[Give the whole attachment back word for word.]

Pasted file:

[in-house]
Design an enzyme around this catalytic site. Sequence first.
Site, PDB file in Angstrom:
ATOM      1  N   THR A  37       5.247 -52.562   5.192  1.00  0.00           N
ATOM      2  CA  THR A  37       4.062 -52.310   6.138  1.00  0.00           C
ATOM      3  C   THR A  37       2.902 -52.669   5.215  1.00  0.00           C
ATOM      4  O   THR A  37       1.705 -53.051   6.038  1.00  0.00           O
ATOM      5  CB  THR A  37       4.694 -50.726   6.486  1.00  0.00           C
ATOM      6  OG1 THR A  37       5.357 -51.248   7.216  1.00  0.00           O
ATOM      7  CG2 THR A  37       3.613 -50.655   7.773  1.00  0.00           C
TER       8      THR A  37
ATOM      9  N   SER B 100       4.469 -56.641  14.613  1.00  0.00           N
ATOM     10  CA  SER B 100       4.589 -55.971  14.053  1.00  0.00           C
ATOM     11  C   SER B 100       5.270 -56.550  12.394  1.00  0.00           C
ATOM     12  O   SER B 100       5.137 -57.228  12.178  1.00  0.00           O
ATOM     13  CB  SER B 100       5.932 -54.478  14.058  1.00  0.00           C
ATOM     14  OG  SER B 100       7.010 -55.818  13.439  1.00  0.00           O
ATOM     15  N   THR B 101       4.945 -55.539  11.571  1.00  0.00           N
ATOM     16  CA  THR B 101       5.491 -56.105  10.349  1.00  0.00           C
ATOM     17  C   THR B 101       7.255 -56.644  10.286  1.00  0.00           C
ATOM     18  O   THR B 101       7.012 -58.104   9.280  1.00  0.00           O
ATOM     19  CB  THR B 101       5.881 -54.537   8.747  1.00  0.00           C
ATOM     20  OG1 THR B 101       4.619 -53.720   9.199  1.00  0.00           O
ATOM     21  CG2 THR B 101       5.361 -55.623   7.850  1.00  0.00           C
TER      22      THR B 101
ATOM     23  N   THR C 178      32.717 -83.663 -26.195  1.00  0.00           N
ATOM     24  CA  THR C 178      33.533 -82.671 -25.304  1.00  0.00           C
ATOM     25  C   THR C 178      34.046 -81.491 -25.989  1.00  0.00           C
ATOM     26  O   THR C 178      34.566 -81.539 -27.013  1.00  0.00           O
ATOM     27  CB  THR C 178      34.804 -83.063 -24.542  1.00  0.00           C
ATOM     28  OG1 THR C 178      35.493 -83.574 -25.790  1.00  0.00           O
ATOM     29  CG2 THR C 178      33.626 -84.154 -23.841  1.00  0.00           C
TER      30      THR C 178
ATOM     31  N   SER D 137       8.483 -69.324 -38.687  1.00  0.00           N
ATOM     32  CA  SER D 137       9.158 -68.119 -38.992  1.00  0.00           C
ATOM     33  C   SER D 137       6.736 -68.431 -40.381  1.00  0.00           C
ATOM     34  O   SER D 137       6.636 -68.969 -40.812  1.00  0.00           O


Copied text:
[in-house]
Design an enzyme around this catalytic site. Sequence first.
Site, PDB file in Angstrom:
ATOM      1  N   THR A  37       5.247 -52.562   5.192  1.00  0.00           N
ATOM      2  CA  THR A  37       4.062 -52.310   6.138  1.00  0.00           C
ATOM      3  C   THR A  37       2.902 -52.669   5.215  1.00  0.00           C
ATOM      4  O   THR A  37       1.705 -53.051   6.038  1.00  0.00           O
ATOM      5  CB  THR A  37       4.694 -50.726   6.486  1.00  0.00           C
ATOM      6  OG1 THR A  37       5.357 -51.248   7.216  1.00  0.00           O
ATOM      7  CG2 THR A  37       3.613 -50.655   7.773  1.00  0.00           C
TER       8      THR A  37
ATOM      9  N   SER B 100       4.469 -56.641  14.613  1.00  0.00           N
ATOM     10  CA  SER B 100       4.589 -55.971  14.053  1.00  0.00           C
ATOM     11  C   SER B 100       5.270 -56.550  12.394  1.00  0.00           C
ATOM     12  O   SER B 100       5.137 -57.228  12.178  1.00  0.00           O
ATOM     13  CB  SER B 100       5.932 -54.478  14.058  1.00  0.00           C
ATOM     14  OG  SER B 100       7.010 -55.818  13.439  1.00  0.00           O
ATOM     15  N   THR B 101       4.945 -55.539  11.571  1.00  0.00           N
ATOM     16  CA  THR B 101       5.491 -56.105  10.349  1.00  0.00           C
ATOM     17  C   THR B 101       7.255 -56.644  10.286  1.00  0.00           C
ATOM     18  O   THR B 101       7.012 -58.104   9.280  1.00  0.00           O
ATOM     19  CB  THR B 101       5.881 -54.537   8.747  1.00  0.00           C
ATOM     20  OG1 THR B 101       4.619 -53.720   9.199  1.00  0.00           O
ATOM     21  CG2 THR B 101       5.361 -55.623   7.850  1.00  0.00           C
TER      22      THR B 101
ATOM     23  N   THR C 178      32.717 -83.663 -26.195  1.00  0.00           N
ATOM     24  CA  THR C 178      33.533 -82.671 -25.304  1.00  0.00           C
ATOM     25  C   THR C 178      34.046 -81.491 -25.989  1.00  0.00           C
ATOM     26  O   THR C 178      34.566 -81.539 -27.013  1.00  0.00           O
ATOM     27  CB  THR C 178      34.804 -83.063 -24.542  1.00  0.00           C
ATOM     28  OG1 THR C 178      35.493 -83.574 -25.790  1.00  0.00           O
ATOM     29  CG2 THR C 178      33.626 -84.154 -23.841  1.00  0.00           C
TER      30      THR C 178
ATOM     31  N   SER D 137       8.483 -69.324 -38.687  1.00  0.00           N
ATOM     32  CA  SER D 137       9.158 -68.119 -38.992  1.00  0.00           C
ATOM     33  C   SER D 137       6.736 -68.431 -40.381  1.00  0.00           C
ATOM     34  O   SER D 137       6.636 -68.969 -40.812  1.00  0.00           O